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Basic Configuration

This section will cover a basic LiteSpeed Web ADC configuration using a LiteSpeed Web ADC server as well as two (or more) web servers running on separate machines from one another. For simplicity, we will be assuming the following setup:

  • Two web servers
  • LiteSpeed Web ADC configured to handle HTTP traffic
  • A single site being hosted on both of the servers


If you would like to use LiteSpeed Web ADC for a different application, simply replace clusterHTTP in this guide with the appropriate cluster type (AJP,LSAPI,FCGI,MIX).

Initial Setup

To start, log into your LiteSpeed Web ADC WebAdmin Console using the IP address of your LiteSpeed Web ADC server and the port number you assigned the LiteSpeed Web ADC WebAdmin Console during installation. We will be using as our LiteSpeed Web ADC IP address and the default port 7090 for the LiteSpeed Web ADC WebAdmin Console.

Create a Cluster

Once you have logged in, navigate to Configuration > Clusters and click Add at the top right of Clusters List.

First, you will be asked what Type of cluster you wish to create. Choose Layer 7 and click Next.

Choose a cluster type

On the next screen, fill in the details for the new cluster, like so:

Define a new cluster

  • Cluster Name: clusterXYZ (or whatever you would like to call it)
  • Mode: Stateful
  • Strategy: Least Load
  • Session Extraction: check the following
    • IP Address
    • Query String
    • Cookies
    • SSL Session
  • Session ID String: phpsessid
  • Session Timeout: 600
  • Insert Tracking Cookie: Yes
  • Tracking Cookie Name: lslb_backend

Click Save at the top right.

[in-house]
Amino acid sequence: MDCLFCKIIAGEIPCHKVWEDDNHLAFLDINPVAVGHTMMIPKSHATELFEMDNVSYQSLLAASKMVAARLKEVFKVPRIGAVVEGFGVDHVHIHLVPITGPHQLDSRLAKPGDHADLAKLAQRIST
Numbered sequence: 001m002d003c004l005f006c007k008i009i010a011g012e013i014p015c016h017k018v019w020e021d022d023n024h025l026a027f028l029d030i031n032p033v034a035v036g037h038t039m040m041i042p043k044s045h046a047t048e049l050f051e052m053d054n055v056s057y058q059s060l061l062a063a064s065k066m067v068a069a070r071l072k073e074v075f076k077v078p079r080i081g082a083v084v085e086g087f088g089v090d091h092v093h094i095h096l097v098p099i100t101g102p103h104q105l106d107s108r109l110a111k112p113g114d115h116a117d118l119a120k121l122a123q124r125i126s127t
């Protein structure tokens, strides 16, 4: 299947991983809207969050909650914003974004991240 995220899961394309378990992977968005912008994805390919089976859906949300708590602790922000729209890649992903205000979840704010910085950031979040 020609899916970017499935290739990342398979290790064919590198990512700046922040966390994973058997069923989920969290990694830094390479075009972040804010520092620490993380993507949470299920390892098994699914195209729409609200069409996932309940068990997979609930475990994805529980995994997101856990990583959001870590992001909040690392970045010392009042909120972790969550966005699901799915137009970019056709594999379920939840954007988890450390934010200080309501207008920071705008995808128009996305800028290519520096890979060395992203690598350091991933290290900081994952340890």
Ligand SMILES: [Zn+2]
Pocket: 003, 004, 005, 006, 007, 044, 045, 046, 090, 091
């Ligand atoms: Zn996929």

Create a Worker Group

Now that you have a cluster defined, you can define a worker group, and add in your two web servers as nodes. For this example we will be using and as our two web servers and ports. Replace these values with the IP addresses and ports of your own web servers.

Click clusterXYZ to view the cluster, and click the tab for Worker Group. Then click Add, and define the worker group as follows:

Define a new worker group

  • Name: xyzHTTP
  • Type: HTTP Proxy
  • Enabled: Yes
  • Max Connections: 20
  • Initial Request Timeout (secs): 60
  • Retry Timeout (secs): 0
  • Node Address List:(**Node1**)>, (**Node2**)>

Leave all other options set to the default values.


Node Address List is a comma-separated list in the following format:

If you are using IPv6, the IP must be surrounded by [].

Click Save at the top right.

Create a Virtual Host

With your cluster fully configured, and your web servers added as nodes to a worker group in said cluster, it's time to create a LiteSpeed Web ADC virtual host.

Navigate to Configuration > Virtual Hosts.


Since you will be creating our own virtual host, you no longer need the provided "Example" host. If you'd like to delete it, you can click Delete in the Action section for that host, and then click Yes to confirm.

Click Add at the top right of the Virtual Host List, and define a new virtual host, like so:

Create a virtual host

  • Virtual Host Name: vHost-1
  • Default Cluster: clusterXYZ
  • Configure File: $SERVER_ROOT/conf/vhost-1.xml

Click Save at the top right.

Create a Listener

Now that we have a LiteSpeed Web ADC virtual host configured, the final step is to set a listener for that virtual host.

Navigate to Configuration > Listeners